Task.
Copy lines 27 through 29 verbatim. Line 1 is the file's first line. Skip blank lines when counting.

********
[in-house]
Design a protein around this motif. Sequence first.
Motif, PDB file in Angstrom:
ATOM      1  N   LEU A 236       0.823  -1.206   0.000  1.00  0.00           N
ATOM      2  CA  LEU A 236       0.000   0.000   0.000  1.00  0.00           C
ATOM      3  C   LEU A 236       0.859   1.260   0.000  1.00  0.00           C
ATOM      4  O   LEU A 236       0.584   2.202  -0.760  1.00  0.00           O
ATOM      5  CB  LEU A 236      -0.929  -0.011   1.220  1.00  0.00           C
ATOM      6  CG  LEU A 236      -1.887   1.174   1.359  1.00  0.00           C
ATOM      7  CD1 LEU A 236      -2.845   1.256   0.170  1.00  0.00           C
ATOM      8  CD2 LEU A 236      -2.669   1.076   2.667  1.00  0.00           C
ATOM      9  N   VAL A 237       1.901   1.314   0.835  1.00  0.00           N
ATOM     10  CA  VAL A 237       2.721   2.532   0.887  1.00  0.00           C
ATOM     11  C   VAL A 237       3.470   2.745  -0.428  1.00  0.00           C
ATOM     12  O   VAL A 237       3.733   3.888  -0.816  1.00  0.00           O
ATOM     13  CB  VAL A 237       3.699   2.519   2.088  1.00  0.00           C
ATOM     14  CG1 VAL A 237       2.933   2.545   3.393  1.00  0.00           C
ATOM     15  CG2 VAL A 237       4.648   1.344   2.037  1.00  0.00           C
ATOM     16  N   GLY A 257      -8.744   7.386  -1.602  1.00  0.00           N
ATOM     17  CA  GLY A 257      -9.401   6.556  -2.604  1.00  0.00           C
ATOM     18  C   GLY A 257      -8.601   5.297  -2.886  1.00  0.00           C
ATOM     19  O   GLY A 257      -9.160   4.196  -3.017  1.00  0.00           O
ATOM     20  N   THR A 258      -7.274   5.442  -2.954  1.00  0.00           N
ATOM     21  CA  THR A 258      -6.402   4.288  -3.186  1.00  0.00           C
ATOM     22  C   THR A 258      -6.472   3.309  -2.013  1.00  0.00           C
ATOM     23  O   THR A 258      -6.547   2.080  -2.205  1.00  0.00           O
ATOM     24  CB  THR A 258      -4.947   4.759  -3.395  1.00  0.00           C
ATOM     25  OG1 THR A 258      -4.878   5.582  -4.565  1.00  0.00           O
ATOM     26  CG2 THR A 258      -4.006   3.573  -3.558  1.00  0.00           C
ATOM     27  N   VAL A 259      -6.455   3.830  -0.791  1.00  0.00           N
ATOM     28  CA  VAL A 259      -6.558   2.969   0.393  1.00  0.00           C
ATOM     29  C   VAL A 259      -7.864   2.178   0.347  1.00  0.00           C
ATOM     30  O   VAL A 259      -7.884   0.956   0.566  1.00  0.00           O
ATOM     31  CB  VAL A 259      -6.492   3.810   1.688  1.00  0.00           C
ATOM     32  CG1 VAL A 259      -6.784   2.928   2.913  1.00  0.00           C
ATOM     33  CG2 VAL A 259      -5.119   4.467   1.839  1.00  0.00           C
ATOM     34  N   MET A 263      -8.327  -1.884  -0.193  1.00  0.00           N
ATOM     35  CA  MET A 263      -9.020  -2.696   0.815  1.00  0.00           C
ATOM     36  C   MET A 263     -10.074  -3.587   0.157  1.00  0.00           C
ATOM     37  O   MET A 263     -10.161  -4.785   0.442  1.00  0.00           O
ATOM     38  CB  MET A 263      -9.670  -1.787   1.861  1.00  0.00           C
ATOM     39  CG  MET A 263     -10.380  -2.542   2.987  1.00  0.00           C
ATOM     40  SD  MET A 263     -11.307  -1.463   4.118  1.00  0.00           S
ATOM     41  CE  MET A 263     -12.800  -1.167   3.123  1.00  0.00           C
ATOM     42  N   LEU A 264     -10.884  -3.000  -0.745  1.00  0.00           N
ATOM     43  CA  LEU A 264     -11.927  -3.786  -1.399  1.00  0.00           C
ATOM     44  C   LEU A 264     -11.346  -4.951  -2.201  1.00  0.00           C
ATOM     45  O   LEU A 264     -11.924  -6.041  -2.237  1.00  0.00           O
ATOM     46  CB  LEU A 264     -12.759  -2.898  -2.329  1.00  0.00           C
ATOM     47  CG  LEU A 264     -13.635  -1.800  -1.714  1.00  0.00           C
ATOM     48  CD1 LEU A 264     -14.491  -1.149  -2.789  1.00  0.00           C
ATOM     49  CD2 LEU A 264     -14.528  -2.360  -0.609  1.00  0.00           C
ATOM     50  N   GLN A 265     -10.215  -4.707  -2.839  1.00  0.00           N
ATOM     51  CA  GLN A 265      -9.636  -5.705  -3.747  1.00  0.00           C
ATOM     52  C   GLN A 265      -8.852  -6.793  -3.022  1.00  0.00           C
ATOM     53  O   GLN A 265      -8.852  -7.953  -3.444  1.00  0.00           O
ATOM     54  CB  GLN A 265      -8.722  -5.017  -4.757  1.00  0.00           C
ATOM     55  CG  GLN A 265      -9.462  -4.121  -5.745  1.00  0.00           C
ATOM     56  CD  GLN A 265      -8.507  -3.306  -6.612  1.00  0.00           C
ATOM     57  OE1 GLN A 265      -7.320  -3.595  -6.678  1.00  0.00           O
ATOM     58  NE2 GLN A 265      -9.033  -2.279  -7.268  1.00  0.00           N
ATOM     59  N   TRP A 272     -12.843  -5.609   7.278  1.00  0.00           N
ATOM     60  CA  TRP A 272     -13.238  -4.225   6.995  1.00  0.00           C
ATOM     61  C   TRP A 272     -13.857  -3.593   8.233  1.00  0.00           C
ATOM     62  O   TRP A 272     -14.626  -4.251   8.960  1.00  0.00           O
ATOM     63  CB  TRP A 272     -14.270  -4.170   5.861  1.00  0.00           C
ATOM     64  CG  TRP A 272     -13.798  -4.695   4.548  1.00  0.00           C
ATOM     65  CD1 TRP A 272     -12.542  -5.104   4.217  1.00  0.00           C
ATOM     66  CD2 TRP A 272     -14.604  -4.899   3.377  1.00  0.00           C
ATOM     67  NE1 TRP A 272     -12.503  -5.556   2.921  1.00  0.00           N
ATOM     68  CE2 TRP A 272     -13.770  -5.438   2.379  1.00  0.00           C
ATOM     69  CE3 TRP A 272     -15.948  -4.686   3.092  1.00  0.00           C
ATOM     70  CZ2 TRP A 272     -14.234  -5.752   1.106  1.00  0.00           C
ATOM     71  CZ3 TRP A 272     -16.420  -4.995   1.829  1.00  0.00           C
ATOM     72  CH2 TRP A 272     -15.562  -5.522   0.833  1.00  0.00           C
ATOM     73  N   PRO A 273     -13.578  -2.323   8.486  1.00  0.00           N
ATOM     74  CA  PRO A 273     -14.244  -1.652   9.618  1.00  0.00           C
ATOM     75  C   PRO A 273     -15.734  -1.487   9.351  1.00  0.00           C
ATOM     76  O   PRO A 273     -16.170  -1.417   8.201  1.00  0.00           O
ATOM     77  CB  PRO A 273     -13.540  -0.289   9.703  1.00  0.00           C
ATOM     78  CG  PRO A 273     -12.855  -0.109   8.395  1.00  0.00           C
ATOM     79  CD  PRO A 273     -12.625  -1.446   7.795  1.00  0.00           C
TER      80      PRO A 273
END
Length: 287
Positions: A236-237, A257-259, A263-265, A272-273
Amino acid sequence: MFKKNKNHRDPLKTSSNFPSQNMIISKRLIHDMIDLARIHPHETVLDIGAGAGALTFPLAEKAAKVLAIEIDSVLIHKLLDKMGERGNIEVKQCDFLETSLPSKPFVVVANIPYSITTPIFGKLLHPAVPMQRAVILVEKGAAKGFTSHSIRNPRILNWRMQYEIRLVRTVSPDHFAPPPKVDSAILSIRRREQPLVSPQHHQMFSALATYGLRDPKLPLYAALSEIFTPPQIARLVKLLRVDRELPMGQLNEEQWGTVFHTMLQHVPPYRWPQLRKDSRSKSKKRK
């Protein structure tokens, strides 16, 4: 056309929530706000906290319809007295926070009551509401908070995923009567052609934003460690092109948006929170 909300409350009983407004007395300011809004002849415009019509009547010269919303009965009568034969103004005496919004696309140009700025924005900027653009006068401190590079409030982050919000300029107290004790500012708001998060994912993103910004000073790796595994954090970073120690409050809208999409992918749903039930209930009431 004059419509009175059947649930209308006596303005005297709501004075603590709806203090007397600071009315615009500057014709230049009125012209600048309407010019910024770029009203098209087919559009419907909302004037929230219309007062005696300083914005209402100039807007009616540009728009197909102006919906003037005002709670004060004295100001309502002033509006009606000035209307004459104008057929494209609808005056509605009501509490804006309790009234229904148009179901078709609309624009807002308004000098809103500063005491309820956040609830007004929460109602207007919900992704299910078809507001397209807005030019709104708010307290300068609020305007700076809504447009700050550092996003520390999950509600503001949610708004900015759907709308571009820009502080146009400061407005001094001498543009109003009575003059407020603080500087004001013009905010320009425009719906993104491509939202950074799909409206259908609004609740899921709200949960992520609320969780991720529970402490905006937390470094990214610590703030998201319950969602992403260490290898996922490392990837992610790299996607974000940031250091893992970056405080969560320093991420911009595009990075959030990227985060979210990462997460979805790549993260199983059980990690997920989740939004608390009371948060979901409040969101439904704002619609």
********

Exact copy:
ATOM     24  CB  THR A 258      -4.947   4.759  -3.395  1.00  0.00           C
ATOM     25  OG1 THR A 258      -4.878   5.582  -4.565  1.00  0.00           O
ATOM     26  CG2 THR A 258      -4.006   3.573  -3.558  1.00  0.00           C